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All Star Lessons
Thriving stores adapt to challenge

Welcome to our fourth annual Gourmet Insider® All Stars issue (July-August 2014). This year we are celebrating three retailers who have each had to overcome challenges throughout the course of operating their stores and who have each uncovered new strategies and opportunities to achieve and sustain growth.

Having begun retail life as a franchisee, Rolling Pin Kitchen Emporium in Brandon, FL, managed to survive the demise of the original franchise, the only former franchisee to do so, and has found renewed life around a new identity as a culinary education center for its community. The combined skills of Chef Dave West and his merchandise-savvy wife Karen have helped Rolling Pin become a fixture in this Tampa-area community.

Greensboro, NC’s The Extra Ingredient has faced what would be many an independent’s worst nightmare with not one, but two major gourmet chains— Williams-Sonoma and Sur La Table— opening stores in the same, albeit large, shopping center. Despite this challenge Art and Martha Nading have carved out a unique and community focused identity that continued to draw customers week in and week out, even in the face of the most recent economic challenges.

Pans On Fire’s Linda Wyner solved one challenge— a store that was bursting at the seams— with a new location, only to find that what appealed to customers in one site didn’t necessarily translate to the next. Taking a lemons-to-lemonade approach, Wyner went to school on her new customer base and reworked her mix and approach. The result has been substantial growth.

Each of these three retailers embodies gourmet housewares retailing at its best. It’s not always pretty, not always easy, but with hard work, creativity and a willingness to adapt to changing conditions, the end result can be very positive. This seems appropriate this year amid growing signs that retailers, and, in particular, independent retailers, are under renewed stress from an economic malaise that appears tougher to shake than a bad case of the flu.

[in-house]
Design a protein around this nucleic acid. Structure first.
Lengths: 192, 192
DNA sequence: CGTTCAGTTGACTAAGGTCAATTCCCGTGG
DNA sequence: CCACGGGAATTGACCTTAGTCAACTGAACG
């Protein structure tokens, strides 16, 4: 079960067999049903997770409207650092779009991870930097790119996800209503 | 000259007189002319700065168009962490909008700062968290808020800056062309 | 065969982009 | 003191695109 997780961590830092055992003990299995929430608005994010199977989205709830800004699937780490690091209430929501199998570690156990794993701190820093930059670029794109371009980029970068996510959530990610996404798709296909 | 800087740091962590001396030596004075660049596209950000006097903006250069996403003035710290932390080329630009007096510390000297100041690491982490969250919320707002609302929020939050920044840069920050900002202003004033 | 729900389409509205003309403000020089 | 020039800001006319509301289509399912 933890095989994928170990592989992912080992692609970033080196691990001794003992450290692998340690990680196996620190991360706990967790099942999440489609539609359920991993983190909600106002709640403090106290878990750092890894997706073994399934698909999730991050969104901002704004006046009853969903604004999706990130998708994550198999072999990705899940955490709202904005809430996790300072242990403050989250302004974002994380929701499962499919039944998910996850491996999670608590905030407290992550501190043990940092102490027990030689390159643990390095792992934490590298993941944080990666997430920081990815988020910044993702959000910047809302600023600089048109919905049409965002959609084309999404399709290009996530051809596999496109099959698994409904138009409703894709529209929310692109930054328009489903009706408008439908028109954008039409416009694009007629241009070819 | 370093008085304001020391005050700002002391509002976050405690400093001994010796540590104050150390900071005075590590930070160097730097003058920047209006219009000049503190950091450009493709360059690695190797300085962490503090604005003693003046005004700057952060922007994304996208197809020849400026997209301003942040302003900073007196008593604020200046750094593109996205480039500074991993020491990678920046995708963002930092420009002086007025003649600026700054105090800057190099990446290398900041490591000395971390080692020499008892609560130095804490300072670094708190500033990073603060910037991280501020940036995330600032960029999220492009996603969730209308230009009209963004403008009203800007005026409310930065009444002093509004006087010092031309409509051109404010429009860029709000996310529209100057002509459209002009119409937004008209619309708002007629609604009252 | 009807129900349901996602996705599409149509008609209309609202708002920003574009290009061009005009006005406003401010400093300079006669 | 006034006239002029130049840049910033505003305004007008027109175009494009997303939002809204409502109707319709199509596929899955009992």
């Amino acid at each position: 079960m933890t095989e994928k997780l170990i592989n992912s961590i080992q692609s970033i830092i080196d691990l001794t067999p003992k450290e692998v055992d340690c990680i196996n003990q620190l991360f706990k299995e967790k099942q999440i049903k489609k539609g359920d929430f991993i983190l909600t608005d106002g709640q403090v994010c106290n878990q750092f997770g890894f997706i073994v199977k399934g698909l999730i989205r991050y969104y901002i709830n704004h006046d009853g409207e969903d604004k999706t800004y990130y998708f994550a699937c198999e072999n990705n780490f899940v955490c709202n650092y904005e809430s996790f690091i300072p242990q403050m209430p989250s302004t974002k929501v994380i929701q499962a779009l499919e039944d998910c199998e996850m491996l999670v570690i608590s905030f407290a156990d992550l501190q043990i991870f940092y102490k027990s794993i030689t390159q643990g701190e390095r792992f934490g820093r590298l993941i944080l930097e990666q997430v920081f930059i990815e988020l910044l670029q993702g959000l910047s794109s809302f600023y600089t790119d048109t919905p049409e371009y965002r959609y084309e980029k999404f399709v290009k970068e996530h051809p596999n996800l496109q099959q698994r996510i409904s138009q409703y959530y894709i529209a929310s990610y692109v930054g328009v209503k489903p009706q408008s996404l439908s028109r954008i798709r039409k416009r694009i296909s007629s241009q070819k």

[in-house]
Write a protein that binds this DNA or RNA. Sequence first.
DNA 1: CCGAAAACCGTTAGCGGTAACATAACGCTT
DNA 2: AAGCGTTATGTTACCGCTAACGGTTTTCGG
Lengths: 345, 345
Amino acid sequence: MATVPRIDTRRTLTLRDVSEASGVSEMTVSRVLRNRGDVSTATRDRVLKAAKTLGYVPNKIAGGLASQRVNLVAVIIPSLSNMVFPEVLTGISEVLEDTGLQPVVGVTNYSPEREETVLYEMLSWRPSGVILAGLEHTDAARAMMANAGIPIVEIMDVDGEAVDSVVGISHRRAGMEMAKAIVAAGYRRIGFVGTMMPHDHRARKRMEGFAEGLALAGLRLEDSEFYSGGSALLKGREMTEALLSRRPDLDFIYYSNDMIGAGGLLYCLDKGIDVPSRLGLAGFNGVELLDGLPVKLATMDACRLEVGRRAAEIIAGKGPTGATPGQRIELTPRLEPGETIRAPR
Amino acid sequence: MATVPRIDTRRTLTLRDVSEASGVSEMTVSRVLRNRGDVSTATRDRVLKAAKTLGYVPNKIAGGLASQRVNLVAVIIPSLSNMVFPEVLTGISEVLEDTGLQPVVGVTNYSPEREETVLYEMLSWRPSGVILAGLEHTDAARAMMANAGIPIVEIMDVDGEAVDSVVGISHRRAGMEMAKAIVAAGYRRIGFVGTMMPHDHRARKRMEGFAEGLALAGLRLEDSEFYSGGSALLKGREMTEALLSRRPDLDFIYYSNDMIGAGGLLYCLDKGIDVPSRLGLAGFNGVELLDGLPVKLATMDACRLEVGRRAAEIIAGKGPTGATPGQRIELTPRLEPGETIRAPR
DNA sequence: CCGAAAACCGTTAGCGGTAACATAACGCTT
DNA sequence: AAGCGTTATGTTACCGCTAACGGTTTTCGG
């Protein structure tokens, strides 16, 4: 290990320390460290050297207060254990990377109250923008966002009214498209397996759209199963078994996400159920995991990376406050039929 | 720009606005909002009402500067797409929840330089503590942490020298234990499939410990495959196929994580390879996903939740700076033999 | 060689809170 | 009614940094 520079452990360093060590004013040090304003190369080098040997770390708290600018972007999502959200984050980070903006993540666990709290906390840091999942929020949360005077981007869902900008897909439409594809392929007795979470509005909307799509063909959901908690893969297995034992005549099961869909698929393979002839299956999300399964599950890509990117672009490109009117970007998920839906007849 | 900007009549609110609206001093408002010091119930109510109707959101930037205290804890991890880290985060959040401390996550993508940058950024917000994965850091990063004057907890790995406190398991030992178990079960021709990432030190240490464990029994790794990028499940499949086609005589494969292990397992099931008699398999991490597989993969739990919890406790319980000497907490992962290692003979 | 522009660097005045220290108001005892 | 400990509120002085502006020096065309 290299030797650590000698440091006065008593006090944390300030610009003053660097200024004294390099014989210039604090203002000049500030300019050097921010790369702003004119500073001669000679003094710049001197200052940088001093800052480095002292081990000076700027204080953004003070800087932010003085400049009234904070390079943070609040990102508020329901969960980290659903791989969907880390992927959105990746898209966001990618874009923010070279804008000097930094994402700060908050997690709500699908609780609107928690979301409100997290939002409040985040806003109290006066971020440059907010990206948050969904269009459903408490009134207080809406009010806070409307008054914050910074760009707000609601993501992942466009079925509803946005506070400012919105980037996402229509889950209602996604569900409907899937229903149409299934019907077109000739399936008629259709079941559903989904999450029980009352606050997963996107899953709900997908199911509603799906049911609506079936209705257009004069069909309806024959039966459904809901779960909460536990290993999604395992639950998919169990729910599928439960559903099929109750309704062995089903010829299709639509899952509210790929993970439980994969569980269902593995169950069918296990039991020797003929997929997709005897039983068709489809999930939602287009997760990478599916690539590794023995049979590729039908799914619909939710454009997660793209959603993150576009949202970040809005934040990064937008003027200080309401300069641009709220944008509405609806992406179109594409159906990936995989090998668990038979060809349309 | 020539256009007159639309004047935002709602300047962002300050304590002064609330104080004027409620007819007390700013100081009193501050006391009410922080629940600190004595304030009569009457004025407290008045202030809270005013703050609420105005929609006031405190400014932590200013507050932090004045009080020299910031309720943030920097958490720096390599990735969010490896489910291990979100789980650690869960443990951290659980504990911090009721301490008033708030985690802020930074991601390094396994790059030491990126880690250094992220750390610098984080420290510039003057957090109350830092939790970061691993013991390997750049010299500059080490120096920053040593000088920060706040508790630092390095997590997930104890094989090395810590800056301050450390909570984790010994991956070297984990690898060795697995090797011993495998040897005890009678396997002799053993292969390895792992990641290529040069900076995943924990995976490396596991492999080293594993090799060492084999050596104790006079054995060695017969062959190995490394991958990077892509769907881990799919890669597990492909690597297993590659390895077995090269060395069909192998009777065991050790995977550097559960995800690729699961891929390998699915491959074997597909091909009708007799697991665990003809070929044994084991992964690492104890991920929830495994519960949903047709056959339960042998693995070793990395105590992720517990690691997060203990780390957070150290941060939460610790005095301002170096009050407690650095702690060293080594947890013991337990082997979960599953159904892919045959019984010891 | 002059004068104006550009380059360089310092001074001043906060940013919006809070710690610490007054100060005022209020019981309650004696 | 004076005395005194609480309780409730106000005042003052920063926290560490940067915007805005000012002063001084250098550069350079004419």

Reports from the first quarter selling season have not been strong and there are already signs emerging that many independent retailers are starting to hunker down and tighten their purse strings in anticipation of further slowing sales.

While I am never in favor of reckless spending, I would issue a word of caution to those who are about to dramatically trim their sails, paring back new orders, retreating from implementation of new programs and hunkering down with existing merchandise. You cannot cut your way out of a bad selling environment.

In tough times there is a natural tendency to retreat, retrench and wait out the storm. However, past history suggests that those who emerge strongest from difficult times are those who put themselves in a position to gain by other’s retreat. Now is the time to lean in, to think more creatively, to act proactively, not reactively. It is a time to analytically assess what’s working and what’s not; to invest in the former and shed the latter.

Are each of your key classifications delivering what you need? If not, maybe it’s time to reassess your mix. Is traffic declining or is the traffic still good but your conversion rate down? If it’s the former then maybe it’s time to think about some creative traffic building strategies. If it’s the latter, maybe its time to re-examine your sales associate training and work with vendors to strengthen demonstration and salesmanship programs.

The key is don’t sit and wait for things to get better. Don’t start cutting travel to shows or eliminate investment in new merchandise and programs. Consumers want new and if you don’t have it they will find it elsewhere.

At this month’s Atlanta International Gift & Home Furnishings Market, Gourmet Insider will hold a Retail Roundtable that will explore holiday promotional strategies. But not just the fourth quarter holidays; all holidays from Mother’s and Father’s Day to National Pizza Day. The focus will be on developing creative promotional strategies that can turn any day into a holiday sales event.

We will share these strategies in the September-October issue and would encourage you to share your own thoughts on creative ways to build business. Together we bring new ideas that help strengthen gourmet housewares as an industry.



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